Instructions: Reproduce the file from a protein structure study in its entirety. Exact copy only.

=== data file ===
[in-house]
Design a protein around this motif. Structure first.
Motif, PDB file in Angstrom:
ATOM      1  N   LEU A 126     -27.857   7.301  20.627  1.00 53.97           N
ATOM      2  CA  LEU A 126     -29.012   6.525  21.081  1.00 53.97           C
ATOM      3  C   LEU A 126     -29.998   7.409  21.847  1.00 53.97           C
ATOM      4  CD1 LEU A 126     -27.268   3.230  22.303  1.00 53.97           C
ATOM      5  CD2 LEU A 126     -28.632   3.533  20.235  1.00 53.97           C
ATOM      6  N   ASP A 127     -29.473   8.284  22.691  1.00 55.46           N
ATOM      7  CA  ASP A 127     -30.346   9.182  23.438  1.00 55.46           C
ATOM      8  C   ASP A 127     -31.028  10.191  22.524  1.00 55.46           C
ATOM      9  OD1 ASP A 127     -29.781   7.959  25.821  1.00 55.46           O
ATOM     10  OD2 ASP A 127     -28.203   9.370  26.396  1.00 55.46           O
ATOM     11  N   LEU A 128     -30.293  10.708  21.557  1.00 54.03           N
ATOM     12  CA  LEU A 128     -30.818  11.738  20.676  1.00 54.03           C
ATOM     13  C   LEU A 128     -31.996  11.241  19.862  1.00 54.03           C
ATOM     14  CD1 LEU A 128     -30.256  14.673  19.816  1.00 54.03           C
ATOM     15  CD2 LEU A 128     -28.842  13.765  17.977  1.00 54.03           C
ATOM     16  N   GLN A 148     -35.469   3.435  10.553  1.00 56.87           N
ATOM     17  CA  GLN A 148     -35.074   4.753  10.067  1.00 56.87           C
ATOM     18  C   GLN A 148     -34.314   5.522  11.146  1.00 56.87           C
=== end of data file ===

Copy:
[in-house]
Design a protein around this motif. Structure first.
Motif, PDB file in Angstrom:
ATOM      1  N   LEU A 126     -27.857   7.301  20.627  1.00 53.97           N
ATOM      2  CA  LEU A 126     -29.012   6.525  21.081  1.00 53.97           C
ATOM      3  C   LEU A 126     -29.998   7.409  21.847  1.00 53.97           C
ATOM      4  CD1 LEU A 126     -27.268   3.230  22.303  1.00 53.97           C
ATOM      5  CD2 LEU A 126     -28.632   3.533  20.235  1.00 53.97           C
ATOM      6  N   ASP A 127     -29.473   8.284  22.691  1.00 55.46           N
ATOM      7  CA  ASP A 127     -30.346   9.182  23.438  1.00 55.46           C
ATOM      8  C   ASP A 127     -31.028  10.191  22.524  1.00 55.46           C
ATOM      9  OD1 ASP A 127     -29.781   7.959  25.821  1.00 55.46           O
ATOM     10  OD2 ASP A 127     -28.203   9.370  26.396  1.00 55.46           O
ATOM     11  N   LEU A 128     -30.293  10.708  21.557  1.00 54.03           N
ATOM     12  CA  LEU A 128     -30.818  11.738  20.676  1.00 54.03           C
ATOM     13  C   LEU A 128     -31.996  11.241  19.862  1.00 54.03           C
ATOM     14  CD1 LEU A 128     -30.256  14.673  19.816  1.00 54.03           C
ATOM     15  CD2 LEU A 128     -28.842  13.765  17.977  1.00 54.03           C
ATOM     16  N   GLN A 148     -35.469   3.435  10.553  1.00 56.87           N
ATOM     17  CA  GLN A 148     -35.074   4.753  10.067  1.00 56.87           C
ATOM     18  C   GLN A 148     -34.314   5.522  11.146  1.00 56.87           C